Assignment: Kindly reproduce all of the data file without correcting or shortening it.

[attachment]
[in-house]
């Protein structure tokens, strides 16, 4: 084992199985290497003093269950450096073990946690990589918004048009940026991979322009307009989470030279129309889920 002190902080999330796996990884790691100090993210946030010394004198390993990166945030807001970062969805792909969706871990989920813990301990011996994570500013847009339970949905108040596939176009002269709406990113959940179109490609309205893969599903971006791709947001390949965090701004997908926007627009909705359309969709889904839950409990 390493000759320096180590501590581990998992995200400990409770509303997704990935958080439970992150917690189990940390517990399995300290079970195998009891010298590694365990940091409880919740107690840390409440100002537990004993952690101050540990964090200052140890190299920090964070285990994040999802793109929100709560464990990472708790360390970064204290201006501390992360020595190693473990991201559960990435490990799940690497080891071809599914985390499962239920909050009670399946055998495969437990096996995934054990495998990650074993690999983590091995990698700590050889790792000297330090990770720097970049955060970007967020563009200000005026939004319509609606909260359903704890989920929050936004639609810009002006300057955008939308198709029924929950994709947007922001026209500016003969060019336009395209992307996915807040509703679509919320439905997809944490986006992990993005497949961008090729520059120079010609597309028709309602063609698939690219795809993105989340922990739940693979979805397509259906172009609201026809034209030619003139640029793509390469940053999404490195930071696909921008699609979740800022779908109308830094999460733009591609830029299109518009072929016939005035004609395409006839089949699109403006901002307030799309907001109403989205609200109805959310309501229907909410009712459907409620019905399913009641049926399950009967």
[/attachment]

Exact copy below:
[in-house]
């Protein structure tokens, strides 16, 4: 084992199985290497003093269950450096073990946690990589918004048009940026991979322009307009989470030279129309889920 002190902080999330796996990884790691100090993210946030010394004198390993990166945030807001970062969805792909969706871990989920813990301990011996994570500013847009339970949905108040596939176009002269709406990113959940179109490609309205893969599903971006791709947001390949965090701004997908926007627009909705359309969709889904839950409990 390493000759320096180590501590581990998992995200400990409770509303997704990935958080439970992150917690189990940390517990399995300290079970195998009891010298590694365990940091409880919740107690840390409440100002537990004993952690101050540990964090200052140890190299920090964070285990994040999802793109929100709560464990990472708790360390970064204290201006501390992360020595190693473990991201559960990435490990799940690497080891071809599914985390499962239920909050009670399946055998495969437990096996995934054990495998990650074993690999983590091995990698700590050889790792000297330090990770720097970049955060970007967020563009200000005026939004319509609606909260359903704890989920929050936004639609810009002006300057955008939308198709029924929950994709947007922001026209500016003969060019336009395209992307996915807040509703679509919320439905997809944490986006992990993005497949961008090729520059120079010609597309028709309602063609698939690219795809993105989340922990739940693979979805397509259906172009609201026809034209030619003139640029793509390469940053999404490195930071696909921008699609979740800022779908109308830094999460733009591609830029299109518009072929016939005035004609395409006839089949699109403006901002307030799309907001109403989205609200109805959310309501229907909410009712459907409620019905399913009641049926399950009967």